11. February 2019

Don’t forget about the baby greens

Imagine being completely self-sufficient in leafy greens and salad greens from April onwards, just because you took the chance and started sowing when you’re not “supposed” to.

 

A bowl of salad

Tiny leaves in a freshly harvested bowl of sallad, delicious!

 

Many of us feel inspired by the pretty pictures on the seed bags. Big, beautiful vegetables, just as we’re used to seeing them. When I’m sharing my own pictures of my early harvested leafy greens and other spring vegetables, many of you wonder what on earth I’ve done. What are we eating and how was I able to start growing the vegetables so soon, or so late?

 

Early results

I always set aside some space in my kitchen garden for fast-growing vegetables. I often assign my best and most well-protected spaces to these projects. I use this space for large amounts of vegetables that I harvest long before they start looking as large and flashy as they do in the books and magazines. But on the plus side, these vegetables are ready to harvest very early in the season compared to the full-grown ones.  

Kale, black kale, pak choi, broccoli, cauliflower, lettuce and spinach are some of my favorite vegetables for an early harvest of green leaves. You could of course also sow these vegetables in the end of summer and harvest them later in the fall.

 

Små plantor av svartkål.

This is what my black kale looked right before I harvested it and put it in the salad bowl (in the picture at the top of this blog post). The leaves are tiny and really tasty!

Winter sowing

If you want to, you can sow all of these vegetables during winter. The seeds grow when the temperature in the ground is right and it doesn’t matter if you’re doing it outside, in a pallet collar with a cover or in a greenhouse. I don’t worry much about the process when I start early. I don’t feel the need to keep an eye on the temperature of the soil or think much about whether or not it will rain and then freeze. I just trust that my seeds will know when it’s time to grow. They’re usually never wrong.

 

 

Tight row sowing

These vegetables are not meant to grow large in the garden beds. I’m only interested in the small baby greens with this batch. The little leaves don’t require that much space, so I can grow them quite close together. I usually just create a row and then scatter my seeds. I cover the seeds with soil and water them (if it’s not too cold, then I need to wait a bit).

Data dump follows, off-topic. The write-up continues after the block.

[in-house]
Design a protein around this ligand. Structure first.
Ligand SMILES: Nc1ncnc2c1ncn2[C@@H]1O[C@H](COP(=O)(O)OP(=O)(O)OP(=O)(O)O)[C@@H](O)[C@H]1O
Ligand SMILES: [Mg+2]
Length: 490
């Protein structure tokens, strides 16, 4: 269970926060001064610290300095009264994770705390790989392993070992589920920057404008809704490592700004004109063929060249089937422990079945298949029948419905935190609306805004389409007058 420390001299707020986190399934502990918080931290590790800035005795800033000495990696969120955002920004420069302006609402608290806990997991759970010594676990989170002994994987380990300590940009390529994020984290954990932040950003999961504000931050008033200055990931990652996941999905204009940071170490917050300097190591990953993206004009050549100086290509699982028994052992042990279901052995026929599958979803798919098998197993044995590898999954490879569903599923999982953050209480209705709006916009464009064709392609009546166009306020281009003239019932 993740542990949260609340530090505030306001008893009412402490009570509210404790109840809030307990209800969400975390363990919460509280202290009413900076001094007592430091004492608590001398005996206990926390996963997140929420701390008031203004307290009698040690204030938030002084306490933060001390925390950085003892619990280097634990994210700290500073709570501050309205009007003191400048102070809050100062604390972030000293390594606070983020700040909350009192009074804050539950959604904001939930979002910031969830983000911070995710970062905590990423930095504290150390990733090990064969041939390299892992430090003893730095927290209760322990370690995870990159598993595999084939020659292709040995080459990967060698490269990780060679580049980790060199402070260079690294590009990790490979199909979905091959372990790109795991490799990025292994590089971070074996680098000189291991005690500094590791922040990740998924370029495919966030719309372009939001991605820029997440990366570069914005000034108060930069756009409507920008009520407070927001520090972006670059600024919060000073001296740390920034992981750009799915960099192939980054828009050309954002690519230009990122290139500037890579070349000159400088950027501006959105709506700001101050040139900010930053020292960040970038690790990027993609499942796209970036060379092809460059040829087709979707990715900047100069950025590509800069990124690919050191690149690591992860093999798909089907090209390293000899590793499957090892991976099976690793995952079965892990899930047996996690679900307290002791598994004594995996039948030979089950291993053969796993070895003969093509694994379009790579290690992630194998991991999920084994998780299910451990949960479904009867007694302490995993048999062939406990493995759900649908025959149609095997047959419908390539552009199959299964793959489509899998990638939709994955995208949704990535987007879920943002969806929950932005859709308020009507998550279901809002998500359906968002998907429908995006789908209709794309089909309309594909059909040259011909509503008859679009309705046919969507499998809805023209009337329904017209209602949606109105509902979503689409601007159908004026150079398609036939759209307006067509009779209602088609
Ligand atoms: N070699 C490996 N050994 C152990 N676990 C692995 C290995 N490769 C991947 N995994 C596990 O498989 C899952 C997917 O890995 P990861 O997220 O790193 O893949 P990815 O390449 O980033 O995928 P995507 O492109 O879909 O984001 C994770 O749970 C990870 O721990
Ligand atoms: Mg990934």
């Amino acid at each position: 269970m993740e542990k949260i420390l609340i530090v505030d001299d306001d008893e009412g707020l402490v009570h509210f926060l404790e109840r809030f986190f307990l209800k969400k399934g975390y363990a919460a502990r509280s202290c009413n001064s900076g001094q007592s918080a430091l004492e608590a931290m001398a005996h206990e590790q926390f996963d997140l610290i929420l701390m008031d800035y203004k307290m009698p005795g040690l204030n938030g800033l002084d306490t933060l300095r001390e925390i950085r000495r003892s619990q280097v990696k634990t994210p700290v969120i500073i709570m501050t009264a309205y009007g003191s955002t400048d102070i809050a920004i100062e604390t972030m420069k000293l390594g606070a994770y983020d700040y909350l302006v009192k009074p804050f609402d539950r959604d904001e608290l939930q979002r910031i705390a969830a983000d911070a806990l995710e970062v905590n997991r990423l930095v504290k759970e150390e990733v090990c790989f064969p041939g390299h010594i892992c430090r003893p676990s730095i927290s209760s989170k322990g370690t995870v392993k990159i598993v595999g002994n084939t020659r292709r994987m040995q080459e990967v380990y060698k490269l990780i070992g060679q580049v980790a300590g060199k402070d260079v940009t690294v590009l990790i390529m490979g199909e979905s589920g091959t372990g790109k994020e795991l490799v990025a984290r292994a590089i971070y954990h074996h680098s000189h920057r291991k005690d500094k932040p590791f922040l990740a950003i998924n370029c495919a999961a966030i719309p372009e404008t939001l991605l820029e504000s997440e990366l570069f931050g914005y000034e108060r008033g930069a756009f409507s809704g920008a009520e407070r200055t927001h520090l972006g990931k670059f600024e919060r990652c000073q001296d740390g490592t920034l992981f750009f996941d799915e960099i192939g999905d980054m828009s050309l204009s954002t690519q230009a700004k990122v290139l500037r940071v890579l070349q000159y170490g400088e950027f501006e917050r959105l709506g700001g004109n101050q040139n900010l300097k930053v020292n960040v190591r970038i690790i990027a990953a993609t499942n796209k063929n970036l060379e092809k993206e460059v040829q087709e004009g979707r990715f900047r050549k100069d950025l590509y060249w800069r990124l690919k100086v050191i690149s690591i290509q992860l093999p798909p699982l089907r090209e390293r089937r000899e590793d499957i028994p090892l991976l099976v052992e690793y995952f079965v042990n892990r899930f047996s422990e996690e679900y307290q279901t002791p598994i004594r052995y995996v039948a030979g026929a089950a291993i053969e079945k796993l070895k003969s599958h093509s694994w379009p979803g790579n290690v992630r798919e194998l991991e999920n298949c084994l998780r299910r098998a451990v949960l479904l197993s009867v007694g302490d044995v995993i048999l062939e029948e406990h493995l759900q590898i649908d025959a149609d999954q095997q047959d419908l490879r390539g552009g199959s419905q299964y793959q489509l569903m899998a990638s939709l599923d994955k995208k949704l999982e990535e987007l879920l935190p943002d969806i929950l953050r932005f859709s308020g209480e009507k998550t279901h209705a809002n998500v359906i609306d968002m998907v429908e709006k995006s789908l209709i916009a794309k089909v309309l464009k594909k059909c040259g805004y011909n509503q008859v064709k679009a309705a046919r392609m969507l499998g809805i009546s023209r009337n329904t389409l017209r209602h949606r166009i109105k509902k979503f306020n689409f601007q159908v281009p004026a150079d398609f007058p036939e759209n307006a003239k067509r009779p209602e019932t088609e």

My seeds will grow into a tight row of little plants and I harvest them as soon as they produce their first leaves. The sooner I sow, the sooner I can start harvesting. That’s why I don’t hold back on my winter sowings and fill the entire polytunnel (and more) if there’s available space. I always crave fresh salad greens after a long winter, that’s why I grow so much of it.

 

Harvesting

Harvesting these early leaves is really simple. I just cut them off and leave the plants in the soil. That way, the plant grows back up and produces a new harvest just a few weeks later.

 

 

But does it work?

I know all of this might sound really strange to all of you who like doing things the traditional way. You might wonder what the point is. And does it really work in gardens further north?

There are of course no guarantees that it will work. But what if it does? What if you give it a try and realize that you can be self-sufficient in salad greens from April onwards. What if the “right way” isn’t the only way?  

You can start growing little baby greens wherever you are, in winter, spring or summer. So go find those olds seed bags somewhere in the garage and use them in the open field, a pallet collar or the greenhouse. It only takes a few weeks and then you can start putting black kale on your sandwich, spinach in your dressing and cauliflower greens in your omelet.

I just want to clarify that this article is about growing cauliflower and broccoli for their leaves only. Good luck!
/Sara Bäckmo

 

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